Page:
For the second year in a row, the City of Vancouver, Canada hosted a Decode Congestion Hackathon that challenged residents to use data and new technologies to create solutions that optimize street use for an efficient, safe, and reliable transportation network.
Using data and information provided by the city, about 150 participants focused on five key areas:
- improving road safety;
- improving the monitoring of traffic conditions and trends;
- ensuring a smart and efficient transportation system;
- coordinating street use; and,
- prioritizing people and goods movement.
Solutions were judged on innovation, feasibility, user experience, strategic thinking, and alignment with the challenge.
First place winner, Busjoust, is a tool that gamifies data collection on public transportation through an augmented reality game, encouraging users to collect data samples while using transit, and rewards them with points that can be used in inter-bus competitions. Busjoust could help the City and TransLink collect more data and develop a further understanding of its transit usage, as well as encourage people to take transit.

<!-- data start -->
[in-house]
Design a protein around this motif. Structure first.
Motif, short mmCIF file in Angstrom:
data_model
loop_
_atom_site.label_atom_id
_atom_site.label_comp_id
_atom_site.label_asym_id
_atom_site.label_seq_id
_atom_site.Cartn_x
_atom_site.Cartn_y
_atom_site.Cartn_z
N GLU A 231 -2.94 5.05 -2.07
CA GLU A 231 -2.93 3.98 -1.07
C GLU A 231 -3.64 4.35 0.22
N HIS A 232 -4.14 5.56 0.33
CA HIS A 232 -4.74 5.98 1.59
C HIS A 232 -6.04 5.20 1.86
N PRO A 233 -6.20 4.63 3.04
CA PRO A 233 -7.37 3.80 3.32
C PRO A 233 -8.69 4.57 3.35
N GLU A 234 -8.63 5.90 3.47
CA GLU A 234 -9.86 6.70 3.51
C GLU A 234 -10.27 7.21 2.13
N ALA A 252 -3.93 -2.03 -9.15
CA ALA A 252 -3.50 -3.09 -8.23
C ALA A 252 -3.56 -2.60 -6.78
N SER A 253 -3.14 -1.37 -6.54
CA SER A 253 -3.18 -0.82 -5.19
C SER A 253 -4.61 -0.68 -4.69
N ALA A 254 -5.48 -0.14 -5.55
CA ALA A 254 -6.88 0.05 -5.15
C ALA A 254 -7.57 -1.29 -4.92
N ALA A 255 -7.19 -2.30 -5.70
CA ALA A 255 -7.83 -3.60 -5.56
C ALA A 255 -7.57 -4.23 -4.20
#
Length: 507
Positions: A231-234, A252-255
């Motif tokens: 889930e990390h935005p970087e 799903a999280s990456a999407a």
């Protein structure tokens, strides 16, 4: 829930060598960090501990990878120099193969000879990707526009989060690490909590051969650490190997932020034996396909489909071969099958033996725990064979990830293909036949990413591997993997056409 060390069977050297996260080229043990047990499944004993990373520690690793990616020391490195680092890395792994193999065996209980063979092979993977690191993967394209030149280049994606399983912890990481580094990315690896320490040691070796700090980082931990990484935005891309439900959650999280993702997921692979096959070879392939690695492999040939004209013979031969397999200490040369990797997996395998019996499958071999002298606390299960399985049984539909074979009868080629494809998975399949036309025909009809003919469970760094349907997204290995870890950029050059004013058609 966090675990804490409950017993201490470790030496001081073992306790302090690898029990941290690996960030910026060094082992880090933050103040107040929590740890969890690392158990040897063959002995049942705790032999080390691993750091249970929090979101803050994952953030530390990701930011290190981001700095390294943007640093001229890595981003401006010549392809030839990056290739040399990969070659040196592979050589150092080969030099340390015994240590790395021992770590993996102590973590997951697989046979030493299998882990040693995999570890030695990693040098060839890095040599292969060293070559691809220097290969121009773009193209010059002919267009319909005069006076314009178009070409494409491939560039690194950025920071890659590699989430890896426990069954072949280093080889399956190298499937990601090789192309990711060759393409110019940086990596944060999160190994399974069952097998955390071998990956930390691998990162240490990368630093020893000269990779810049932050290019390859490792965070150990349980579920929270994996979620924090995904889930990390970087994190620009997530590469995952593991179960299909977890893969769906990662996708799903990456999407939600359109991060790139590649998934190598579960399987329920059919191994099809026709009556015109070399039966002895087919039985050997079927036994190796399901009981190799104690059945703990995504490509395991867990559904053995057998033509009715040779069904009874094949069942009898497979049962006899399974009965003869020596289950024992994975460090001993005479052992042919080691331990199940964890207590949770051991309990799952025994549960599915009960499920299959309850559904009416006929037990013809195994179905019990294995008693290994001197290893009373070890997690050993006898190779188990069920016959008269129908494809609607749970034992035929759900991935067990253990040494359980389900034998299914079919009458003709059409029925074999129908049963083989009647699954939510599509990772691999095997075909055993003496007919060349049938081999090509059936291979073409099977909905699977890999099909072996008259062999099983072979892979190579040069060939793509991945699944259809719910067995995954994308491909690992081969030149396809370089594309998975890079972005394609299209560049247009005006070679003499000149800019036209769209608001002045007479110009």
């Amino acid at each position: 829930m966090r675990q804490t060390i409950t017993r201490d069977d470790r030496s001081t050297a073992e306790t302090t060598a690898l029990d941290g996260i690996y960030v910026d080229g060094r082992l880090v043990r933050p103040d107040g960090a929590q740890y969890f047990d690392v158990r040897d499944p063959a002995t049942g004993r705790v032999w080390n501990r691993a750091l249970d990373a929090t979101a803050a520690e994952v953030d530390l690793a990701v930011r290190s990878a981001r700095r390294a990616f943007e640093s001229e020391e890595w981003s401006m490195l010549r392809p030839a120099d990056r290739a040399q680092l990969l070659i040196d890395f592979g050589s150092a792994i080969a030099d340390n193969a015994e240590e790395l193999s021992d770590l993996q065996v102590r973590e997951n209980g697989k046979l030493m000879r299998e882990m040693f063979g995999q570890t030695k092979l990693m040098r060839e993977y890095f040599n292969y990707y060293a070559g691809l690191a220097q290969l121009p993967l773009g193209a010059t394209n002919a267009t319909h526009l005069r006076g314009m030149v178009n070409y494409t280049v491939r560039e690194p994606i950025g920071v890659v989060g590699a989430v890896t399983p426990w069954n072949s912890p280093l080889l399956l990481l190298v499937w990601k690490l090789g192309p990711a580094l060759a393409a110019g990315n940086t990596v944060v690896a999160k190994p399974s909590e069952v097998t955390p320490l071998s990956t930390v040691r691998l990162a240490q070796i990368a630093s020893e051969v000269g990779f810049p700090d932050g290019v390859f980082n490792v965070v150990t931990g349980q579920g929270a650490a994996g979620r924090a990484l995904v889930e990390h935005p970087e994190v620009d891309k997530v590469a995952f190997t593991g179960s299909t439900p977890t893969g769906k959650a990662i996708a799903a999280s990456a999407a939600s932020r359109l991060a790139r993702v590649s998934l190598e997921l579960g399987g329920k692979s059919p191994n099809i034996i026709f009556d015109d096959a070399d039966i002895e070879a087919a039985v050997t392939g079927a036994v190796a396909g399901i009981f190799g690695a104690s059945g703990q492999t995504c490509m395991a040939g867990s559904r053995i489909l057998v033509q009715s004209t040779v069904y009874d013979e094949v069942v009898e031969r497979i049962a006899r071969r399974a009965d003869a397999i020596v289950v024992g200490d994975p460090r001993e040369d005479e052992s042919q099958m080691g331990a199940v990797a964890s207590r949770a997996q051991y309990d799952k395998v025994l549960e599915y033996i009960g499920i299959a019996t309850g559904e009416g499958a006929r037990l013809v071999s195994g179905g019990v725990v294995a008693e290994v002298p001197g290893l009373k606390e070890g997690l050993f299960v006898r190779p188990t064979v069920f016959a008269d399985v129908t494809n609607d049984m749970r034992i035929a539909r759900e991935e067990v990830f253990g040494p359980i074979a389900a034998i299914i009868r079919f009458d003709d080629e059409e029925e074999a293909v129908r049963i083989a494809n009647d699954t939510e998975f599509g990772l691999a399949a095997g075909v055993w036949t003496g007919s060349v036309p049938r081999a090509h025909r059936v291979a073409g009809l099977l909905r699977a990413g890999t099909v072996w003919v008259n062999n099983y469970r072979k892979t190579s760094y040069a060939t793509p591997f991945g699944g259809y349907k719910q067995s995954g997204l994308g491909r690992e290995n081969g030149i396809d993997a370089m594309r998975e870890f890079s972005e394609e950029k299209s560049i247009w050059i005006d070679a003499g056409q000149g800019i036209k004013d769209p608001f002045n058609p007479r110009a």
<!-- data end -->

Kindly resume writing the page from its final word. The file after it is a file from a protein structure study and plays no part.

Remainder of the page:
TracSmart took second place with a tool which uses machine learning to review existing traffic stills from City of Vancouver intersection cameras to quantify congestion and provide alerts for anomalous patterns or identify high congestion periods. This could help the City monitor the performance of its network and collect further data.
Policy Based Traffic Signals was third with a tool that uses machine visions combined with edge computing technology to detect buses, pedestrians, and people on bikes to initiate signal preemption. This could help the City monitor travel performance and improve people moving capacity.
“The DeCode Congestion Hackathon was a great success, highlighting the diversity of viewpoints and complexity of the challenge statement through the different proposed solutions,” said Sherwood Plant, senior street use and traffic coordination engineer.